Half of one of the game's truly legendary duos, Karl Malone was the finisher for thousands of John Stockton's record 15,806 dimes. He was the primary beneficiary of Stockton's greatness, but this was undoubtedly a two-way street. It's fair to wonder where Stockton would be without Malone, too.

    Over the course of his career, Malone developed into a complete scorer who could get points in the post, in transition or from the mid-range. He averaged over 20 points per game in a staggering 17 consecutive seasons.

    He certainly wasn't selfish, though. Over the last 11 seasons of his career, the Mailman delivered 4.1 assists per game. And he's 58th on the all-time assist leaderboard.

    His production never led to a title, though. Peaking in the '90s often meant battles with Michael Jordan. And no one from the West had to do that more than Stockton and Malone.

    You can't hold up numbers like a trophy, so the two Utah Jazz icons would surely trade stats for titles, but they were great in those two Finals series.

    If you sort everyone with at least 100 minutes from those 12 games by box plus/minus, Malone (7.5) and Stockton (6.9) trail only Jordan's 10.6.

    Plenty will remember Jordan stealing the ball from Malone down the stretch of 1998's Game 6 over the numbers that led to that box plus/minus, but the big man averaged 24.4 points, 10.4 rebounds and 3.7 assists in those Finals games.

Frontcourt: Charles Barkley

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    Fred Jewell/Associated Press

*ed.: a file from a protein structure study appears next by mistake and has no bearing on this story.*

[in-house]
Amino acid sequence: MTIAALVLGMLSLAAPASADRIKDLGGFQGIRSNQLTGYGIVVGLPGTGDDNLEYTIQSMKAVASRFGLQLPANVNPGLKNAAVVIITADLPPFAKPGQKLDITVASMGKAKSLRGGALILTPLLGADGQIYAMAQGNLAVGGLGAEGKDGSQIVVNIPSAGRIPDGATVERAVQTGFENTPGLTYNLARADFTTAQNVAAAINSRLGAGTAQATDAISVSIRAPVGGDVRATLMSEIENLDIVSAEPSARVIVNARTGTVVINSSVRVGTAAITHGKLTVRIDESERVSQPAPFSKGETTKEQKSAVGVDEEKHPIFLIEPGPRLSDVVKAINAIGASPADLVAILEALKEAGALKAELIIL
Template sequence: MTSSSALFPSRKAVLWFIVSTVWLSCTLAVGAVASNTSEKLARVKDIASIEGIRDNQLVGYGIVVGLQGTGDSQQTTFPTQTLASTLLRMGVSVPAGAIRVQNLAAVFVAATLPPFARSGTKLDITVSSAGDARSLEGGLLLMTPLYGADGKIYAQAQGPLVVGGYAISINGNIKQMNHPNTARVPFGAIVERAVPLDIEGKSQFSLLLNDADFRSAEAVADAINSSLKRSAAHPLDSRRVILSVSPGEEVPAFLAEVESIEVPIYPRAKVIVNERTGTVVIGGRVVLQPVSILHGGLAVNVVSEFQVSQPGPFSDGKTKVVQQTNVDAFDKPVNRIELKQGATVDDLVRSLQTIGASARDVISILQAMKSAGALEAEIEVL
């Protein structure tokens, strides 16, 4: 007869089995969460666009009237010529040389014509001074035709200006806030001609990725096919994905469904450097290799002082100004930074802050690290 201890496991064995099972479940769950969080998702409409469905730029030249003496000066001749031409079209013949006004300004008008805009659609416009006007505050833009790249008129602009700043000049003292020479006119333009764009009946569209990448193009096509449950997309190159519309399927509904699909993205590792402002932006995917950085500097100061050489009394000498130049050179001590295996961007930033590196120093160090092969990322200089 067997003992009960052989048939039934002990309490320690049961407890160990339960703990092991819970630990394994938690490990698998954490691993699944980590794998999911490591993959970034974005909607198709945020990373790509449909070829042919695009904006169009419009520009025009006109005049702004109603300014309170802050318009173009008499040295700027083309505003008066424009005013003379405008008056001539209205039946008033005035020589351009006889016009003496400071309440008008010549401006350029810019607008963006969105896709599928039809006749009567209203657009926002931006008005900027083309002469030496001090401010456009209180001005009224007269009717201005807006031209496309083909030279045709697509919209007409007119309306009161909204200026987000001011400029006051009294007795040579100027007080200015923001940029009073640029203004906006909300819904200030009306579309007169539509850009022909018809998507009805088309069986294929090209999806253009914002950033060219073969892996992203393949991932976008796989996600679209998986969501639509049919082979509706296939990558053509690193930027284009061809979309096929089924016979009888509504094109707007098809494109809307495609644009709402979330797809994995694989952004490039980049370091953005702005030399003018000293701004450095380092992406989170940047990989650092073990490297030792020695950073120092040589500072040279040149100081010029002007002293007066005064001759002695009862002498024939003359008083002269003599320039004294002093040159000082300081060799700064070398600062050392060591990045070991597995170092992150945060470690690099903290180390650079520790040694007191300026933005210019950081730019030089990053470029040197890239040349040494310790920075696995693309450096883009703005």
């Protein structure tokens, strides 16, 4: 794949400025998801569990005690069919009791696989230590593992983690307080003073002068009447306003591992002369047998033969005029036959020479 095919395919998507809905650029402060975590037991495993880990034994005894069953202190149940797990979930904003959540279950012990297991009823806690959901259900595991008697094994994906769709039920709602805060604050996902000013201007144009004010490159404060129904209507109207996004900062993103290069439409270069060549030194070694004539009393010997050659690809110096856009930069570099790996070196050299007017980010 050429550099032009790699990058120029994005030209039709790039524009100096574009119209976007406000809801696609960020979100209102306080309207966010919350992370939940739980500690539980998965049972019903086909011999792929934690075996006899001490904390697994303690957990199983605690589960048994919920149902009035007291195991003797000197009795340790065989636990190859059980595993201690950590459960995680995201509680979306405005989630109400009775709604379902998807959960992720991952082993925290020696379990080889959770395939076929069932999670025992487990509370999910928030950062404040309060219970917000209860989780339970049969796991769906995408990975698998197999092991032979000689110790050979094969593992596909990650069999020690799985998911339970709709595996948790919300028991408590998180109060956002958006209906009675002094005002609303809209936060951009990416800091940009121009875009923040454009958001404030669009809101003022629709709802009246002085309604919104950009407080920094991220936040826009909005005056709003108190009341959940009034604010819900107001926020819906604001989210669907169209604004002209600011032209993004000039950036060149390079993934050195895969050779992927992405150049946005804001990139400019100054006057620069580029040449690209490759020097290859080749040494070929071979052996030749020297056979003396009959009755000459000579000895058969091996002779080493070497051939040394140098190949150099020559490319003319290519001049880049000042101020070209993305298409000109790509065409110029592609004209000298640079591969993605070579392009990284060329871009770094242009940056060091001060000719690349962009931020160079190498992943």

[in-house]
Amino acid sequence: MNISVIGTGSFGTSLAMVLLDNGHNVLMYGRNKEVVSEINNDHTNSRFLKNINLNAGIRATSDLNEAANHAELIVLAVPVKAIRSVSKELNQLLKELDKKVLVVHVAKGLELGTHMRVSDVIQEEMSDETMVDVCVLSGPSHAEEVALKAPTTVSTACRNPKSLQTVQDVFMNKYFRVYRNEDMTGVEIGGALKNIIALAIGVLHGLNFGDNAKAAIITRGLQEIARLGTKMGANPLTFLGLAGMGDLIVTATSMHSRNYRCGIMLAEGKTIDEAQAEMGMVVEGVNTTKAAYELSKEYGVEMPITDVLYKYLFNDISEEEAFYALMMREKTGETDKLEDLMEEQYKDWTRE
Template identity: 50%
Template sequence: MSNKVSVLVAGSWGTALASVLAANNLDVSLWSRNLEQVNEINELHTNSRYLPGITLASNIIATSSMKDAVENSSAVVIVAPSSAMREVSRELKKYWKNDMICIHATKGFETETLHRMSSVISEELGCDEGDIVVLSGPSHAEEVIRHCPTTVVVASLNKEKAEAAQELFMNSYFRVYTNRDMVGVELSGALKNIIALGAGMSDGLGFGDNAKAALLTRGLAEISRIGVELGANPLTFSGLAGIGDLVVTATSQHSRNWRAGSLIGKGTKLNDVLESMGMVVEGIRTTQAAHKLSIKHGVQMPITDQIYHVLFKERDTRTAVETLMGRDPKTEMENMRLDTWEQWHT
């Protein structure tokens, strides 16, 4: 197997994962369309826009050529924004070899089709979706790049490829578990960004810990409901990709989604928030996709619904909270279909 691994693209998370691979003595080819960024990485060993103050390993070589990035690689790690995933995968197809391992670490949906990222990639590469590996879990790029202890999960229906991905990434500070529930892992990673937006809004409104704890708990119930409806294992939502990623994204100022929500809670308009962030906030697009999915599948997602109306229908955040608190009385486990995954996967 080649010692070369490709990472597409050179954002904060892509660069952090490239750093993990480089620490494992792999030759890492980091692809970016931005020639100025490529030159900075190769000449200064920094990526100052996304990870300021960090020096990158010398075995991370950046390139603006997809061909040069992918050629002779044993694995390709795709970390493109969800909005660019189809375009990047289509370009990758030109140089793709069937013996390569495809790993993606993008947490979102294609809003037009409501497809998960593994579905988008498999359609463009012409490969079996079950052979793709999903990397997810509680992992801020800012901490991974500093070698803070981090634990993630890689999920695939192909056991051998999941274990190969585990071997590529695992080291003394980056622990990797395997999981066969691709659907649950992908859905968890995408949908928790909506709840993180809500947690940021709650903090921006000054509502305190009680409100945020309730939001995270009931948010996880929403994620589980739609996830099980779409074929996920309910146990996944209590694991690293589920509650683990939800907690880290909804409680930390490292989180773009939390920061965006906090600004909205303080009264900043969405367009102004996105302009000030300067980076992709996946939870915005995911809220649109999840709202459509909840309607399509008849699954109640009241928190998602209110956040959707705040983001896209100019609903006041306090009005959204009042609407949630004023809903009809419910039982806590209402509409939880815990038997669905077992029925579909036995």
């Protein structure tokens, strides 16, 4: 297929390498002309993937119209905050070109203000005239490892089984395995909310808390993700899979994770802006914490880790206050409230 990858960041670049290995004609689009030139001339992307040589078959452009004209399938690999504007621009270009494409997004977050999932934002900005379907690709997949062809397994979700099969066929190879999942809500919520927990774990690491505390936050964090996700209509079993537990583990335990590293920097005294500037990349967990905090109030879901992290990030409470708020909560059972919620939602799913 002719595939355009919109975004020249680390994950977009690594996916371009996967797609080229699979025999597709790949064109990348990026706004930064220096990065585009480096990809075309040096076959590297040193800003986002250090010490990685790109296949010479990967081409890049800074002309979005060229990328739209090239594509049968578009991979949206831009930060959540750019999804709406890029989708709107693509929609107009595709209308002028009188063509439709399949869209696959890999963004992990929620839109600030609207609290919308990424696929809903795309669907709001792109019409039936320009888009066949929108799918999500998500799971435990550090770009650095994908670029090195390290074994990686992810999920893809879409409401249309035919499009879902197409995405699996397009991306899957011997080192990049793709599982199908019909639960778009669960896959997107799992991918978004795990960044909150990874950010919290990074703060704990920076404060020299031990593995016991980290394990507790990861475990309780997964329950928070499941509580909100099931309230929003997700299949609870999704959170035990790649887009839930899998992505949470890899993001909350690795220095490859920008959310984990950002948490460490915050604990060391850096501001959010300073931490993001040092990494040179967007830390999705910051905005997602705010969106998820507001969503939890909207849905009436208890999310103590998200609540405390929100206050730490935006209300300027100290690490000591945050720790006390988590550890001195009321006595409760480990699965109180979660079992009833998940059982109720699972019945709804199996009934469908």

Few relationships depict unrequited love quite like Charles Barkley and analytics. The Hall of Fame forward and TNT analyst has often railed against the statistical revolution of the last decade or so, but many of the numbers that have resulted from that push absolutely adore Barkley and help educate younger fans on just how dominant he was.

    Barkley is 13th in NBA history in career box plus/minus, eighth in career offensive box plus/minus and 12th in career true shooting percentage despite the worst three-point percentage of all time (by far) among players with at least as many attempts.

    What led to the great catch-all numbers for Barkley was dominance on the boards, unrivaled efficiency from two-point range, solid passing for a big and a little bit of ball-hawking.

    Barkley averaged double figures in rebounds in 15 of his 16 seasons. His 14.6 per game led the league in 1986-87. And he's top-20 all-time in career boards.

    As for the efficiency, he led the league in two-point percentage for five straight seasons from 1986-87 to 1990-91, a remarkable feat for a 6'6" player. Among players with at least as many career two-point attempts, Barkley (58.1) trails only the much bigger Shaquille O'Neal (58.3) in career two-point percentage.

    On the playmaking front, Barkley's company is legends of the league's formative years. Wilt Chamberlain, Elgin Baylor and Bill Russell are the only players in NBA history who exceed his career marks for both rebounds (11.7) and assists (3.9) per game (minimum 10,000 minutes).

    Swap out assists per game for steals per game in that exercise and Barkley stands alone.

    Put it all together and it isn't difficult to see why an advanced formula like box plus/minus considers Barkley one of the greatest players of all time.

    Unfortunately, gaudy numbers don't guarantee titles. And, like plenty of others on this list, Barkley had the distinct misfortune of dominating in the same era as players like Magic Johnson, Larry Bird and Michael Jordan.